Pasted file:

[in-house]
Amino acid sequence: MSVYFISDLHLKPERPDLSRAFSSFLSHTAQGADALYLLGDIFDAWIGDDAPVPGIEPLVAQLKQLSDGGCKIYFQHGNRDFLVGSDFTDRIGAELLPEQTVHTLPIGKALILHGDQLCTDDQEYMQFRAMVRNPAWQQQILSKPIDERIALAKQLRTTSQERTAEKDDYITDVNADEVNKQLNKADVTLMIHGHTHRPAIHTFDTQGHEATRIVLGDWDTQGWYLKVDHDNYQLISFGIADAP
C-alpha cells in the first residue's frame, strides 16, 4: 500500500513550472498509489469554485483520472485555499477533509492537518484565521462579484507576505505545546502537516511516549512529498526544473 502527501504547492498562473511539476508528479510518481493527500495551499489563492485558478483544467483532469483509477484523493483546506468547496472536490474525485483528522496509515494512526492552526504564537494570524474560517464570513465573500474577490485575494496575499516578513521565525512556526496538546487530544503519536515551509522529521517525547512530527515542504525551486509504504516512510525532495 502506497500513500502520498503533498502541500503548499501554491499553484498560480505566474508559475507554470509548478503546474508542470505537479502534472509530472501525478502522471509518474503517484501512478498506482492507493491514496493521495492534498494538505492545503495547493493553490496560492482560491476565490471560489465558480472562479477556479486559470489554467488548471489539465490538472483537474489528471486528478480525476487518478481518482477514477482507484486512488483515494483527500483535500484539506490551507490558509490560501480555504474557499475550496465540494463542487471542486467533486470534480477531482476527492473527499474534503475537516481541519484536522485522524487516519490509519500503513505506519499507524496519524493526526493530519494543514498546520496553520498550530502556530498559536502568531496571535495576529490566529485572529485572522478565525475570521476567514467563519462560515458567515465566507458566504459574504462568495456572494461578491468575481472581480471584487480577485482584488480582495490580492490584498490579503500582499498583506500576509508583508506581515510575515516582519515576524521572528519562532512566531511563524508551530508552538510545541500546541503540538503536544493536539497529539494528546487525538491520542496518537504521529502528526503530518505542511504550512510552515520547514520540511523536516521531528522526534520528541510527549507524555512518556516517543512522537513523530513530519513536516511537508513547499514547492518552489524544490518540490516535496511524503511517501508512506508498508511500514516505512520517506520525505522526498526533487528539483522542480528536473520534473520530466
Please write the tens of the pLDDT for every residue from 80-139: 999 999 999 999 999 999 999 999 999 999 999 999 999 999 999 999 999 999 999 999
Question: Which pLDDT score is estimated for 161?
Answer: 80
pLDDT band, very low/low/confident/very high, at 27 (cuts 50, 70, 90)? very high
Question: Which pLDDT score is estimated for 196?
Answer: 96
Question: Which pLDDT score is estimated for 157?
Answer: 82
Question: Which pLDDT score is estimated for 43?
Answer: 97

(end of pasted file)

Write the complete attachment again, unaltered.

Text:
[in-house]
Amino acid sequence: MSVYFISDLHLKPERPDLSRAFSSFLSHTAQGADALYLLGDIFDAWIGDDAPVPGIEPLVAQLKQLSDGGCKIYFQHGNRDFLVGSDFTDRIGAELLPEQTVHTLPIGKALILHGDQLCTDDQEYMQFRAMVRNPAWQQQILSKPIDERIALAKQLRTTSQERTAEKDDYITDVNADEVNKQLNKADVTLMIHGHTHRPAIHTFDTQGHEATRIVLGDWDTQGWYLKVDHDNYQLISFGIADAP
C-alpha cells in the first residue's frame, strides 16, 4: 500500500513550472498509489469554485483520472485555499477533509492537518484565521462579484507576505505545546502537516511516549512529498526544473 502527501504547492498562473511539476508528479510518481493527500495551499489563492485558478483544467483532469483509477484523493483546506468547496472536490474525485483528522496509515494512526492552526504564537494570524474560517464570513465573500474577490485575494496575499516578513521565525512556526496538546487530544503519536515551509522529521517525547512530527515542504525551486509504504516512510525532495 502506497500513500502520498503533498502541500503548499501554491499553484498560480505566474508559475507554470509548478503546474508542470505537479502534472509530472501525478502522471509518474503517484501512478498506482492507493491514496493521495492534498494538505492545503495547493493553490496560492482560491476565490471560489465558480472562479477556479486559470489554467488548471489539465490538472483537474489528471486528478480525476487518478481518482477514477482507484486512488483515494483527500483535500484539506490551507490558509490560501480555504474557499475550496465540494463542487471542486467533486470534480477531482476527492473527499474534503475537516481541519484536522485522524487516519490509519500503513505506519499507524496519524493526526493530519494543514498546520496553520498550530502556530498559536502568531496571535495576529490566529485572529485572522478565525475570521476567514467563519462560515458567515465566507458566504459574504462568495456572494461578491468575481472581480471584487480577485482584488480582495490580492490584498490579503500582499498583506500576509508583508506581515510575515516582519515576524521572528519562532512566531511563524508551530508552538510545541500546541503540538503536544493536539497529539494528546487525538491520542496518537504521529502528526503530518505542511504550512510552515520547514520540511523536516521531528522526534520528541510527549507524555512518556516517543512522537513523530513530519513536516511537508513547499514547492518552489524544490518540490516535496511524503511517501508512506508498508511500514516505512520517506520525505522526498526533487528539483522542480528536473520534473520530466
Please write the tens of the pLDDT for every residue from 80-139: 999 999 999 999 999 999 999 999 999 999 999 999 999 999 999 999 999 999 999 999
Question: Which pLDDT score is estimated for 161?
Answer: 80
pLDDT band, very low/low/confident/very high, at 27 (cuts 50, 70, 90)? very high
Question: Which pLDDT score is estimated for 196?
Answer: 96
Question: Which pLDDT score is estimated for 157?
Answer: 82
Question: Which pLDDT score is estimated for 43?
Answer: 97